Ford Focus Estate review - MPG, CO2 and running costs
Mild hybrid petrol engines help make the Focus Estate a fuel-sipper
The Ford Focus has gone hybrid in a bid to further lower its running costs but there are no plug-in models, just 48-volt mild-hybrid versions of the 1.0-litre Ecoboost engine badged up as mHEV (Mild Hybrid Electric Vehicle). All of the Ecoboost engines also feature cylinder deactivation that can shut down a cylinder to save fuel when the engine isn’t under high loads.
The system replaces a standard alternator with a belt-driven starter/generator motor that means energy otherwise lost as the car slows can be recovered and stored in a battery. As well as helping to power the car’s electrical systems, the motor also gives a torque boost to improve performance or reduce the amount of work the petrol engine is asked to do as required.
The result is some respectable fuel economy numbers across the range, although the mild hybrid version of the 123bhp 1.0-litre Ecoboost is hardly any more efficient than the entry level version of that unit without hybrid assistance. That entry-level engine is rated at 47.1 to 52.3mpg on the WLTP combined cycle with the manual gearbox. The mild-hybrid with the seven-speed Powershift auto gets 47.9 to 52.3mpg and the more powerful 153bhp Ecoboost gets 51.4 to 54.3mpg as a manual or 49.6 to 53.3mpg with the auto. CO2 emissions for these cars are similarly close, all between 116 and 135g/km.
The 1.5-litre Ecoblue diesel is the most efficient, rated between 62.8mpg and 67.3mpg as a manual and between 56.5 and 61.4mpg with the eight-speed auto. Emissions are 110 to 131g/km. Opt for the Focus ST hot hatch and there’s a predictable drop to around 35mpg with emissions of around 183g/km, regardless of gearbox selection.
Insurance groups for the mainstream Ford Focus Estate models range from around group 13 for the entry-level Trend to Group 16 for a pricier 153bhp Ecoboost ST-Line Vignale. Active models sit at a similar level and the ST performance versions are in group 27.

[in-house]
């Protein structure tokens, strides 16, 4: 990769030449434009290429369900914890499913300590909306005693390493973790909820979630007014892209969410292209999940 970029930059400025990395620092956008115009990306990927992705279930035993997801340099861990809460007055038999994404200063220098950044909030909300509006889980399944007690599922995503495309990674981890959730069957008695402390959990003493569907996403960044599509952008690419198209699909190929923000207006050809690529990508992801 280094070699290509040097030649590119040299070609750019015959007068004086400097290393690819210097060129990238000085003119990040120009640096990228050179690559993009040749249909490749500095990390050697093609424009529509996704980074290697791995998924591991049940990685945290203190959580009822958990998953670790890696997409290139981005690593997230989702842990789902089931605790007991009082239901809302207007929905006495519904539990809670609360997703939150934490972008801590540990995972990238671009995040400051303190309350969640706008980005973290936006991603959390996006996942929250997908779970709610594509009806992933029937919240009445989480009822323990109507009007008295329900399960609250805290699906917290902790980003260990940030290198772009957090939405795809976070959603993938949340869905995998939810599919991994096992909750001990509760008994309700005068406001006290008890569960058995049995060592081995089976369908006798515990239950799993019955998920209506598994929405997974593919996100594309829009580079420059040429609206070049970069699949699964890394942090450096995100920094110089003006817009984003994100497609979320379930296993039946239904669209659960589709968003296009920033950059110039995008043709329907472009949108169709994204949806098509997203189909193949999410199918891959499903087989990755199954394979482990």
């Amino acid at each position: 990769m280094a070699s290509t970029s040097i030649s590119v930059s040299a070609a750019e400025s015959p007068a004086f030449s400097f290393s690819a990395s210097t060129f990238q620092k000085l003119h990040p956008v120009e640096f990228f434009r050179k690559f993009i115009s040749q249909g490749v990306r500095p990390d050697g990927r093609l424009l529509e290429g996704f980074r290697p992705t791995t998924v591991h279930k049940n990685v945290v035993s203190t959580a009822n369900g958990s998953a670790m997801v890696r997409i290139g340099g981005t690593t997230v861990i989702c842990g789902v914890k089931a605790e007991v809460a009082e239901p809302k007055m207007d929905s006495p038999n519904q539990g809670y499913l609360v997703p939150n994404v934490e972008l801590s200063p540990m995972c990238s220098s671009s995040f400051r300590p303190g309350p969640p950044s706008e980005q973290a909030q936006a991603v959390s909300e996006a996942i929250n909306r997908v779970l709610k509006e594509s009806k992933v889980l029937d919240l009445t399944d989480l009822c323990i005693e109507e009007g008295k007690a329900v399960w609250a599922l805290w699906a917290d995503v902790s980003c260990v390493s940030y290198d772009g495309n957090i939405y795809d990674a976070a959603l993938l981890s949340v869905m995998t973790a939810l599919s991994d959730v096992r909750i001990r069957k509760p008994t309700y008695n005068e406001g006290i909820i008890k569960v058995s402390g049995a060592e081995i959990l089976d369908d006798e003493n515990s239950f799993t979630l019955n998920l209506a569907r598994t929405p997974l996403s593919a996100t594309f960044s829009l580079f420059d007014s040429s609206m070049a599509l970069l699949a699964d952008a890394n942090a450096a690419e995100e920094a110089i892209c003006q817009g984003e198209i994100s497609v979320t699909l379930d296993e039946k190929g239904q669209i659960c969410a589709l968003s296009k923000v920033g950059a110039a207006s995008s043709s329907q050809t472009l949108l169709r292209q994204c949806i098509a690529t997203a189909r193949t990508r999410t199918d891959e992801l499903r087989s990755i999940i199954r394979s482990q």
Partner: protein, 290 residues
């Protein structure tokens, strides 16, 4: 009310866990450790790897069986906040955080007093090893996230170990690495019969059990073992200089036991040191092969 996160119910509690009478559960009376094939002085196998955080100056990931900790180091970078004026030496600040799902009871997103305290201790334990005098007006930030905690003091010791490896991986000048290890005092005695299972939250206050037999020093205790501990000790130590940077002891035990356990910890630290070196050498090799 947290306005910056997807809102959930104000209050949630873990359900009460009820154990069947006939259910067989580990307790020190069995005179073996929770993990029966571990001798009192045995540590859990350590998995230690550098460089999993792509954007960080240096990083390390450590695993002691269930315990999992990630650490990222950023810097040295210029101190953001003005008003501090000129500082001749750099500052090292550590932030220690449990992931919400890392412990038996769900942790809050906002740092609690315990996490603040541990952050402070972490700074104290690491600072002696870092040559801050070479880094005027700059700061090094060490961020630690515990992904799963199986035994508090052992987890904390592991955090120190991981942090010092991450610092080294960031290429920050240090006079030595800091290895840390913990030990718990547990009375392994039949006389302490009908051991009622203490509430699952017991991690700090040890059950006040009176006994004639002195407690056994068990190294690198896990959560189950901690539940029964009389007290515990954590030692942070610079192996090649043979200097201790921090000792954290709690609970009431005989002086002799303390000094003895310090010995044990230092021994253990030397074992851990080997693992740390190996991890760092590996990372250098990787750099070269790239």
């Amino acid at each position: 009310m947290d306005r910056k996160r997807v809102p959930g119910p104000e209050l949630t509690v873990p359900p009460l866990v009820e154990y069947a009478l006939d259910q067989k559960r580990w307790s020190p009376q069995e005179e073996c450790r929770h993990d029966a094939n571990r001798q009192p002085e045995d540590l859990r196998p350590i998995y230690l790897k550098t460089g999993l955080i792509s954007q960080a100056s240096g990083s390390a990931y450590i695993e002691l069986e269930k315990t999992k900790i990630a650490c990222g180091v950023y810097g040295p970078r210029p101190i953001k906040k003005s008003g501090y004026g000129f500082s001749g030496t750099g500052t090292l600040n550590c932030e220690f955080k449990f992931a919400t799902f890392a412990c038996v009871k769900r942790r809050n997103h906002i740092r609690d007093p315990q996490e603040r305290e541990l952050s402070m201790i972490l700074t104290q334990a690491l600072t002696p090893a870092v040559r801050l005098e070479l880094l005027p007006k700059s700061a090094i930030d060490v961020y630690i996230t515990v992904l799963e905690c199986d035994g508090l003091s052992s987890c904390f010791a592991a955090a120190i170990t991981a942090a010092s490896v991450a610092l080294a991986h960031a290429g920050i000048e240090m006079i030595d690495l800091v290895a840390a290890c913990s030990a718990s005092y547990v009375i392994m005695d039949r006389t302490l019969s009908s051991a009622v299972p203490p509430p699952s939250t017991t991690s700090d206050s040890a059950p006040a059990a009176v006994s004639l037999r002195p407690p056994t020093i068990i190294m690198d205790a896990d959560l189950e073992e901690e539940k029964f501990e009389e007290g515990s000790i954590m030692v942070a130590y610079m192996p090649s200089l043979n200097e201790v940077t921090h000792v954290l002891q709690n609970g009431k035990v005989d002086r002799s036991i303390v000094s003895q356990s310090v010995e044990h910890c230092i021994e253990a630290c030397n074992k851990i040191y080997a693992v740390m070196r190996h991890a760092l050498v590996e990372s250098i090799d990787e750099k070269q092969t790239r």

In spite of all its qualities, the blue oval badge on the nose of the Focus Estate has traditionally made it less sought-after on the second-hand market than, say, a VW Golf. However, depreciation isn't as rapid as you might think, with data suggesting the Focus Estate should hold onto an average of over 55 per cent of its original value after three years and 36,000 miles.
It’s noticeable that the Active variants hold their value less well than the conventional ones, largely sitting in the 46 to 50 per cent retained value range. The ST versions hold on to around 53 per cent while Titanium and ST-Line models with the Vignale pack keep 56 to 58 per cent of their value.
By way of comparison, the VW Golf Estate typically sits a few percentage points higher model for model in the 49 to 60 per cent range.
In this review
- 1VerdictThe estate option adds another dimension to the fun-driving and family-friendly Ford Focus line-up
- 2Engines, performance and driveGreat handling that’s on-par with the hatch models makes the Focus Estate the driver’s choice in the class
- 3MPG, CO2 and Running Costs - currently readingMild hybrid petrol engines help make the Focus Estate a fuel-sipper
- 4Interior, design and technologyThe most practical Focus is a technological tour de force, wrapped in swoopy styling
- 5Practicality, comfort and boot spaceThe extended boot of the estate version together with the generous cabin space of the Focus makes for a very practical family car
- 6Reliability and SafetyThe Focus Estate delivers impressive safety tech, while reliability shouldn't be an issue